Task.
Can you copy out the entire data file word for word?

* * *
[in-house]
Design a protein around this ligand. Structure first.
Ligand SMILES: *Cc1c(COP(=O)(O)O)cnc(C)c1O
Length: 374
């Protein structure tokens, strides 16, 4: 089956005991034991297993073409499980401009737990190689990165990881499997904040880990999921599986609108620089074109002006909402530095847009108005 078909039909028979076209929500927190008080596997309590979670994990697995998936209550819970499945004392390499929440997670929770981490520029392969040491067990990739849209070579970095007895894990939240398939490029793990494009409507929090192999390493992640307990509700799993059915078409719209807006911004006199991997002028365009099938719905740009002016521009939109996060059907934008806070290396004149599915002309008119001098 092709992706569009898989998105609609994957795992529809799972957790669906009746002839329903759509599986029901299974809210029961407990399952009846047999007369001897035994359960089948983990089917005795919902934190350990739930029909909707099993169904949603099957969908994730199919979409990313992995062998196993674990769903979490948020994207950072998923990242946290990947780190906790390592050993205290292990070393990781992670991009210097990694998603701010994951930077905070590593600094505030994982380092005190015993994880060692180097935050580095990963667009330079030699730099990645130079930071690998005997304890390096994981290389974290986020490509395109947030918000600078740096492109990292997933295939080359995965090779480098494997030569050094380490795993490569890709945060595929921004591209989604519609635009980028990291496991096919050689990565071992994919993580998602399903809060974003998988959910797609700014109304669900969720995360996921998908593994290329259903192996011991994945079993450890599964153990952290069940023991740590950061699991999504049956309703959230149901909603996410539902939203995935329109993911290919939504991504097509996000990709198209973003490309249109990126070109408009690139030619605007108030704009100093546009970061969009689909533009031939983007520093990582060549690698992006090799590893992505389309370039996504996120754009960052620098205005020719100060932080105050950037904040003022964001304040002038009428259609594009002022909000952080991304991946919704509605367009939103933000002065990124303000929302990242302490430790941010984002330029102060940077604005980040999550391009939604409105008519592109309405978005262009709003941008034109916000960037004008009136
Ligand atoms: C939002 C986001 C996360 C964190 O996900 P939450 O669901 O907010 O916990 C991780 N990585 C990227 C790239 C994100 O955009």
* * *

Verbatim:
[in-house]
Design a protein around this ligand. Structure first.
Ligand SMILES: *Cc1c(COP(=O)(O)O)cnc(C)c1O
Length: 374
């Protein structure tokens, strides 16, 4: 089956005991034991297993073409499980401009737990190689990165990881499997904040880990999921599986609108620089074109002006909402530095847009108005 078909039909028979076209929500927190008080596997309590979670994990697995998936209550819970499945004392390499929440997670929770981490520029392969040491067990990739849209070579970095007895894990939240398939490029793990494009409507929090192999390493992640307990509700799993059915078409719209807006911004006199991997002028365009099938719905740009002016521009939109996060059907934008806070290396004149599915002309008119001098 092709992706569009898989998105609609994957795992529809799972957790669906009746002839329903759509599986029901299974809210029961407990399952009846047999007369001897035994359960089948983990089917005795919902934190350990739930029909909707099993169904949603099957969908994730199919979409990313992995062998196993674990769903979490948020994207950072998923990242946290990947780190906790390592050993205290292990070393990781992670991009210097990694998603701010994951930077905070590593600094505030994982380092005190015993994880060692180097935050580095990963667009330079030699730099990645130079930071690998005997304890390096994981290389974290986020490509395109947030918000600078740096492109990292997933295939080359995965090779480098494997030569050094380490795993490569890709945060595929921004591209989604519609635009980028990291496991096919050689990565071992994919993580998602399903809060974003998988959910797609700014109304669900969720995360996921998908593994290329259903192996011991994945079993450890599964153990952290069940023991740590950061699991999504049956309703959230149901909603996410539902939203995935329109993911290919939504991504097509996000990709198209973003490309249109990126070109408009690139030619605007108030704009100093546009970061969009689909533009031939983007520093990582060549690698992006090799590893992505389309370039996504996120754009960052620098205005020719100060932080105050950037904040003022964001304040002038009428259609594009002022909000952080991304991946919704509605367009939103933000002065990124303000929302990242302490430790941010984002330029102060940077604005980040999550391009939604409105008519592109309405978005262009709003941008034109916000960037004008009136
Ligand atoms: C939002 C986001 C996360 C964190 O996900 P939450 O669901 O907010 O916990 C991780 N990585 C990227 C790239 C994100 O955009």